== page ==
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Question asked 2017-06-18 13:00:16 ...
Most recent comment 2017-06-19 10:30:50
Best recommendations for an oil mordant for use to gild an icon?
Answers and Comments
I understand from another forum that you are asking for a
material to cut the absorbency of the gessoed panel before the application of a
gilding oil mordant. I know many gilders who apply shellac and let it dry before applying
oil mordants to absorbent surfaces. This is probably the most common practice
today. The use of shellac in fine art does not go back that many centuries,
though. I have also used applications of egg water and even glair to cut the
absorbency of gesso and sections of egg tempera when I have added fine gilded
details to an egg tempera reconstruction. I would bet that an initial “size”
coat of oil mordant would also work but I would want to make sure that it thin
enough that you worked quickly and make sure that you did not get textural
overlaps. I would guess that shellac would be the most common material for
this. We have contacted a few others who will likely have something to add.
Koo is ertainly correct about the fact that there mordants that can be applied in an aqueous system. There generally dispersions based on acrylic resins which dry water resistant. I understand from your post on another formus that you were interested in sizings for oil mordants.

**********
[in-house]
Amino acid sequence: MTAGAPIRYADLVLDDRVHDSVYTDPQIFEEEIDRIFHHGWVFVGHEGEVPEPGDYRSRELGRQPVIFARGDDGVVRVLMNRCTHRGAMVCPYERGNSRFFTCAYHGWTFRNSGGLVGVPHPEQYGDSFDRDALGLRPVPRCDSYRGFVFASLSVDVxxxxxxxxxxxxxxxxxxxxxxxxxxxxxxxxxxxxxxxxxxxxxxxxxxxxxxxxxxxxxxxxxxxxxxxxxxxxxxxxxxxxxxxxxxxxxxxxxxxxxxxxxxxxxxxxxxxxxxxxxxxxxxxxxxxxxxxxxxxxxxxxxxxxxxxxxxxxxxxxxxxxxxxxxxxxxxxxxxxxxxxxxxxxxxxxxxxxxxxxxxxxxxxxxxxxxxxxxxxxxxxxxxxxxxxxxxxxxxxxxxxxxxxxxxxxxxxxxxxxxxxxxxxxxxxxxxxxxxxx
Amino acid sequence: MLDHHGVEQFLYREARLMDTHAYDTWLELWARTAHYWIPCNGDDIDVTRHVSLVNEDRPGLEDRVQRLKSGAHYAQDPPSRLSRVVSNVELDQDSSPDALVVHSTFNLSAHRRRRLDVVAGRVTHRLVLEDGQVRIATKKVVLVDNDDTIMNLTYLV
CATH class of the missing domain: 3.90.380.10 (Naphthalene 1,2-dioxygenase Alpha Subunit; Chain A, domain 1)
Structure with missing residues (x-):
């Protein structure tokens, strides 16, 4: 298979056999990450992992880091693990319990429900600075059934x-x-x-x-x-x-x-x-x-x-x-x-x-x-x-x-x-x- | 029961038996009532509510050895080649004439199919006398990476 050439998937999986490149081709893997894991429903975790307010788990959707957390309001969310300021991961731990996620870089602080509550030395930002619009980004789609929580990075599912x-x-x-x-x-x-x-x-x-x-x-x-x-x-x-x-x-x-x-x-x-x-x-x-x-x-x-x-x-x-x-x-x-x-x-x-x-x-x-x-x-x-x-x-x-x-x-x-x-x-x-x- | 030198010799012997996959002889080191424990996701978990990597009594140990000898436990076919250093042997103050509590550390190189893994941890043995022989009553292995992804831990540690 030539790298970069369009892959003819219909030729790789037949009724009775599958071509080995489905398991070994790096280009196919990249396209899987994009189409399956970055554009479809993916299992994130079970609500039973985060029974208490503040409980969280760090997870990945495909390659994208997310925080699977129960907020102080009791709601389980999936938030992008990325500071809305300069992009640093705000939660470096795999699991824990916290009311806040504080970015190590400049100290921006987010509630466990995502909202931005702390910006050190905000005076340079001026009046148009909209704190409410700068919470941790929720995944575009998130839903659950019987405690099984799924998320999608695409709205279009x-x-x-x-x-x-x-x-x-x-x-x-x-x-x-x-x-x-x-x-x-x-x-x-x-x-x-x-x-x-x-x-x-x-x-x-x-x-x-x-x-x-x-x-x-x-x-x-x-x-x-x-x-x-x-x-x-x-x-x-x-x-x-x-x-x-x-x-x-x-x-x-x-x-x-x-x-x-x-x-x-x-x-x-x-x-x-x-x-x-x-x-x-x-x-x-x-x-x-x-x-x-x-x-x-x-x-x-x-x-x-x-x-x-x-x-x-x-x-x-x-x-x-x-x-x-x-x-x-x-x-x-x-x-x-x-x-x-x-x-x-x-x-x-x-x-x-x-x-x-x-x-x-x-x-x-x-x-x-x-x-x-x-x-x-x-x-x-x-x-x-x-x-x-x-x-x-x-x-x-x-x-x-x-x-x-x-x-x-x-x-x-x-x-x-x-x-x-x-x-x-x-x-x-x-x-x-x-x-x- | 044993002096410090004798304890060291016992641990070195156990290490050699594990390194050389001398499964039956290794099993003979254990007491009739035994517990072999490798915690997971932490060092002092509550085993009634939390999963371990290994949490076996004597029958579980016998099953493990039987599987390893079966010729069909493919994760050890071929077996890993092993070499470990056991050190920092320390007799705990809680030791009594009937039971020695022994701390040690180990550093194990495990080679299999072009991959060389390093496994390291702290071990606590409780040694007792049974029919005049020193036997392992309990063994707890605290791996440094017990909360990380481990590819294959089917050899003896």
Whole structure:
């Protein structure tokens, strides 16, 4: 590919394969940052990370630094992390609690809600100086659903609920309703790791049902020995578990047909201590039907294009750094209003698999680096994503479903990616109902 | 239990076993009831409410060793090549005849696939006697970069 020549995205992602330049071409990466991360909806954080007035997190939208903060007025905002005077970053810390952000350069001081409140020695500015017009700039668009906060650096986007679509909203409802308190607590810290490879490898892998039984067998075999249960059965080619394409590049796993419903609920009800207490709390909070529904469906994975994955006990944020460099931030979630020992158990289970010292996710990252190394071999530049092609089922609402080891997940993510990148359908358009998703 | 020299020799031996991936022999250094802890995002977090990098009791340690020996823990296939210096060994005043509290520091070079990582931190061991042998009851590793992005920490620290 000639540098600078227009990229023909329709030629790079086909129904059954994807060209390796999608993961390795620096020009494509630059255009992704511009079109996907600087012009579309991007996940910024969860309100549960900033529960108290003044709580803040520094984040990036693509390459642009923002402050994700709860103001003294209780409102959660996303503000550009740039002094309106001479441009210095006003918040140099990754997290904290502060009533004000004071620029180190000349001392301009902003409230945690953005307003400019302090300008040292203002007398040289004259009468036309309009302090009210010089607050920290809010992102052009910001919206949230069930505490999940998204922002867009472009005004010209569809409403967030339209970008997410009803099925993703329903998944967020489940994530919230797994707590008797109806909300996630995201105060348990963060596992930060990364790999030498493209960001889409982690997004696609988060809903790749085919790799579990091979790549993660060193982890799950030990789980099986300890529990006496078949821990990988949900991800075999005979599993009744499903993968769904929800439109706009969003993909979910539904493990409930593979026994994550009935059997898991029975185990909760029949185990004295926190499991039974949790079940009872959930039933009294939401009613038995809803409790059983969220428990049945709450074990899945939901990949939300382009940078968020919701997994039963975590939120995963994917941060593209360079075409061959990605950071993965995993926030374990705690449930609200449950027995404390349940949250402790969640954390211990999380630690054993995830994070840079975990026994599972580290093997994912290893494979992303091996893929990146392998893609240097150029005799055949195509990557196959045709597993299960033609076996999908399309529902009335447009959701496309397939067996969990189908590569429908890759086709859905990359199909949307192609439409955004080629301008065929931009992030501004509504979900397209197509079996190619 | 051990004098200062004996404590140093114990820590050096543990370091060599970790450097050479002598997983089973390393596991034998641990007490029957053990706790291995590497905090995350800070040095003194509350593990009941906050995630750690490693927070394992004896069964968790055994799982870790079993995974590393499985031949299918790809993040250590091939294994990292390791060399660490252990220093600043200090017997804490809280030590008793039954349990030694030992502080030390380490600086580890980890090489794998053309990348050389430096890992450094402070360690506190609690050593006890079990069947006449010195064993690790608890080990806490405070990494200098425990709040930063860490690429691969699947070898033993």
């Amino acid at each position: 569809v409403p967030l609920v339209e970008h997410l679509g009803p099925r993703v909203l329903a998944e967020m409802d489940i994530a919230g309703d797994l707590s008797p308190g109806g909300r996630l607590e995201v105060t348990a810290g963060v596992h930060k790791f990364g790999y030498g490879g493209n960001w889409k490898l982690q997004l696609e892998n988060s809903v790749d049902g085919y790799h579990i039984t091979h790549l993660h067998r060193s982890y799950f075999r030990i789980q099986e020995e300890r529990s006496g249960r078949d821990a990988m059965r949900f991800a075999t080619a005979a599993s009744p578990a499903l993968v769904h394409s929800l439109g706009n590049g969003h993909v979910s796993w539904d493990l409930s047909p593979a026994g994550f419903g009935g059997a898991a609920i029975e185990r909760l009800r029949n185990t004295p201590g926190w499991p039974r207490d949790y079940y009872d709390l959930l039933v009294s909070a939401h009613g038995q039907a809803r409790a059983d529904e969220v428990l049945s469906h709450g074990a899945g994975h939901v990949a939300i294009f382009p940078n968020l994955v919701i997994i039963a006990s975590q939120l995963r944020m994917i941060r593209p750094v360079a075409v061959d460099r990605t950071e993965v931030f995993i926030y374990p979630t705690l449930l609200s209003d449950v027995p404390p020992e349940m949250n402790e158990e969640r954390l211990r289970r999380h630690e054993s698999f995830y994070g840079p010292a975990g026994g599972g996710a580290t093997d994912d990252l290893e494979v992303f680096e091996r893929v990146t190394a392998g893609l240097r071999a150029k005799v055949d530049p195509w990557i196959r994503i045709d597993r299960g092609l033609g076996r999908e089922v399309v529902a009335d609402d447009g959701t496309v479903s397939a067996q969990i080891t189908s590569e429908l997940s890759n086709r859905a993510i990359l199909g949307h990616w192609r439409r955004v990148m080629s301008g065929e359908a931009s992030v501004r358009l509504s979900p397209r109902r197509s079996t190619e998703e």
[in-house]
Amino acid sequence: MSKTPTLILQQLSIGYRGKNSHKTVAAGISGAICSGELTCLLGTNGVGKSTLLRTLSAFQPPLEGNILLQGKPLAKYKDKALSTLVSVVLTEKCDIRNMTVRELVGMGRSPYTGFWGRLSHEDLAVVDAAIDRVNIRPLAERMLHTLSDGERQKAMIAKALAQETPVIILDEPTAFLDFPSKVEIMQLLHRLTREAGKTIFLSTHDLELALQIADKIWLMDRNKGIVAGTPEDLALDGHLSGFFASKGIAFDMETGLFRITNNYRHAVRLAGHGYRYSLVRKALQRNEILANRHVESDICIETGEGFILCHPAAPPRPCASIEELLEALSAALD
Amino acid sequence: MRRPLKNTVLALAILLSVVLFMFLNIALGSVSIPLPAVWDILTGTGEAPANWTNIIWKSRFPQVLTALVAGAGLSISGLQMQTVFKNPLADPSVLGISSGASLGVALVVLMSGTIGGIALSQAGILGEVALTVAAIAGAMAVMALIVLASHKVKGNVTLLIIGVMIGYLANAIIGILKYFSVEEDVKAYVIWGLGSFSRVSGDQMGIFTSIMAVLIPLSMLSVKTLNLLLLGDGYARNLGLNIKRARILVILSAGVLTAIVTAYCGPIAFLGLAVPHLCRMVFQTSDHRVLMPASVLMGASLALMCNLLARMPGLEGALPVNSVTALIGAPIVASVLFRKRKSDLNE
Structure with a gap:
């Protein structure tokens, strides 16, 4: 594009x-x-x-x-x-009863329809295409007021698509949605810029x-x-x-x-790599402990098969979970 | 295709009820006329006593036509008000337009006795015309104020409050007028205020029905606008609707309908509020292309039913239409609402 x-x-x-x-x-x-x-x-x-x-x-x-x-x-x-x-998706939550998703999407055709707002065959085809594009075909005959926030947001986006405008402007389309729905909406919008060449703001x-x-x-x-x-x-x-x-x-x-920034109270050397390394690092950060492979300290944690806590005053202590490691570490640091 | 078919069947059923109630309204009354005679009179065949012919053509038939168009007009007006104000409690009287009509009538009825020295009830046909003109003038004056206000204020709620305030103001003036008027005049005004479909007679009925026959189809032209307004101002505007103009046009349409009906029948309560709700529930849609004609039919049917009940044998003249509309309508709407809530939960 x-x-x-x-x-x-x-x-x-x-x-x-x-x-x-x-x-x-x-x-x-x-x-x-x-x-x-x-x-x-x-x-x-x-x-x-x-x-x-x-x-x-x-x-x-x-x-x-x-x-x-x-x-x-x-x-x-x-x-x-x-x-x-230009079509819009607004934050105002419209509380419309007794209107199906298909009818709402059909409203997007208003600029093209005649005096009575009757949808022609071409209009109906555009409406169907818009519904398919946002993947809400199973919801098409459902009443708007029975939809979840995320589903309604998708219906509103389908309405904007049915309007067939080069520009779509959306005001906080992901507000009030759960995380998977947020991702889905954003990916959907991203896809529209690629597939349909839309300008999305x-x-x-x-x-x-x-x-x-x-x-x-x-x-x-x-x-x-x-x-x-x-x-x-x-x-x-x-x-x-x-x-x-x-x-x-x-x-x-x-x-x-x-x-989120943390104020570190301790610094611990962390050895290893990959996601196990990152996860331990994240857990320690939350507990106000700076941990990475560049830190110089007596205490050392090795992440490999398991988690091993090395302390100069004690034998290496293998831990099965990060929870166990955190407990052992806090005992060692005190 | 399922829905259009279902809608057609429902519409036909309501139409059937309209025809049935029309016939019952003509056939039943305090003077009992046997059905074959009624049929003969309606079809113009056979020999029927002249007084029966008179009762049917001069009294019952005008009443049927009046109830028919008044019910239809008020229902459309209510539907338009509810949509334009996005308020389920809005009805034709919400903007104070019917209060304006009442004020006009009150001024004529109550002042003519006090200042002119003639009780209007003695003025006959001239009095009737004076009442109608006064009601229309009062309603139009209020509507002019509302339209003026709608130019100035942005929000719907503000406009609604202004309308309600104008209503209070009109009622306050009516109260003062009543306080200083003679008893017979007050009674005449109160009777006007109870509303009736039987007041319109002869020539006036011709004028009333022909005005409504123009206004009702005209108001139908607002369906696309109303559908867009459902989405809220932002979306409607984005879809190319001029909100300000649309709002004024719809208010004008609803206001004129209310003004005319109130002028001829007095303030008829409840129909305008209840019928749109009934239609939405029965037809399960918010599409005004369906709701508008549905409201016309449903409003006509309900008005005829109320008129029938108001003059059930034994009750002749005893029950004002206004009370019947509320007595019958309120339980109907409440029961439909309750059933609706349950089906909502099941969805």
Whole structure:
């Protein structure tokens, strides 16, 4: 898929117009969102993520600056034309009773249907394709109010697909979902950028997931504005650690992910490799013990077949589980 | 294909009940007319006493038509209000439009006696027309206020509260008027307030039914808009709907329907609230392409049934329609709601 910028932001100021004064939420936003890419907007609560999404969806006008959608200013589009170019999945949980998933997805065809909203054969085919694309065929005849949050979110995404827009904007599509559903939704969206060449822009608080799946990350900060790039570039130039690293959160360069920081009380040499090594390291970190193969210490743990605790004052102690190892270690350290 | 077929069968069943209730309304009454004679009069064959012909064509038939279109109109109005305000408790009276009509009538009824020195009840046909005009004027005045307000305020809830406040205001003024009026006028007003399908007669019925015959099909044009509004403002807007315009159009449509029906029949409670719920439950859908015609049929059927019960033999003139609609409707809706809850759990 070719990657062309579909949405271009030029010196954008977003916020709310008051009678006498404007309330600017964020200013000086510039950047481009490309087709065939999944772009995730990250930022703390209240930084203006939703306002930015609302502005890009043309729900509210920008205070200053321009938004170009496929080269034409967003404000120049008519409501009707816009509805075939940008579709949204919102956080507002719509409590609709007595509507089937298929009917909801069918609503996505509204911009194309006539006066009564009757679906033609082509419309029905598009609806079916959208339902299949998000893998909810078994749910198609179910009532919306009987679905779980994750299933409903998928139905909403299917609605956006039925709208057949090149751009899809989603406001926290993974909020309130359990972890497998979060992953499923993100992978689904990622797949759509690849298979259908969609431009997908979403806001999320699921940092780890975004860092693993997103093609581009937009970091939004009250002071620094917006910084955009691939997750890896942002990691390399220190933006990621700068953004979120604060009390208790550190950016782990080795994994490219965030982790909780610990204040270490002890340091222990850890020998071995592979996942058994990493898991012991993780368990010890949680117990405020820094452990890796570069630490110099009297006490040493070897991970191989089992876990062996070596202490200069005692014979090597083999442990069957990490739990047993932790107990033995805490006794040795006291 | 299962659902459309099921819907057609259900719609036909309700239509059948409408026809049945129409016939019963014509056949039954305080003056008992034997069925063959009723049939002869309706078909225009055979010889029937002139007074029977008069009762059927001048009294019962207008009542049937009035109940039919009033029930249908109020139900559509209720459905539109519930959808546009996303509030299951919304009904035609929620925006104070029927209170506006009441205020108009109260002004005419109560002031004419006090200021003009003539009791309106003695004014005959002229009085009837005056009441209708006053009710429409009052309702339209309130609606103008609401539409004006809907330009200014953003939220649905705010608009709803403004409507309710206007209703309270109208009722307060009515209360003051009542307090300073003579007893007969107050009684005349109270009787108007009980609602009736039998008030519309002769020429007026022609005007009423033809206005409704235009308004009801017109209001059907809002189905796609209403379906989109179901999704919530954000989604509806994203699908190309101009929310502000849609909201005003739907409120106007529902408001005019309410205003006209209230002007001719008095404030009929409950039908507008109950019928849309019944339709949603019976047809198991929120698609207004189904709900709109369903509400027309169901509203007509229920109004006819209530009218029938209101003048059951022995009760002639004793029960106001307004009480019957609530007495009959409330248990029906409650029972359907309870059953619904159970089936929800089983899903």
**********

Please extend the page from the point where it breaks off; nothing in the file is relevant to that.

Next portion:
As to the question of Oil Size, preparation is paramount when one considers the amount of time that goes into a gilded work, whether Frame or Icon, what is important is allowing the proper drying time for the materials; for example, the temperature and drying will always vary depending on the humidity in a room. I try to gild on low humidity days and specially in the summer the room should be in the low 70’s with very low humidity. If we are working with Oil size as to Water Gilding, I use Rolco or Kemp Burnish Sealer which is a primer/sealer as to Shellac and after 2 to 3 coats directly over the wood or real gesso, not latex, it really hides many imperfections in the wooden surface. The Burnish Sealer comes in a few colors (Red, Ochre & Gray), and after 24 hours I then apply my size. I use many different brands from Kurz-Hastings or Rolco Quick Size, this always depends on the size of the project and the working time needed, obviously a large project will require a greater working time. The wonderful quality of Burnish Sealer is the final product after the gilding and with minimal rubbing the burnished finish is quite nice and can receive a Casein Patina if desired and then a final Rolco Acrylic Top Coat or Ronan Clear Overcoat Varnish. Obviously I stated a few manufactures of various materials but all Gilding Suppliers have their individual companies they represent, so if you cannot get something from one company another’s product is just as good, for example I also use LeFranc & Bourgeois products from Charbonnel.
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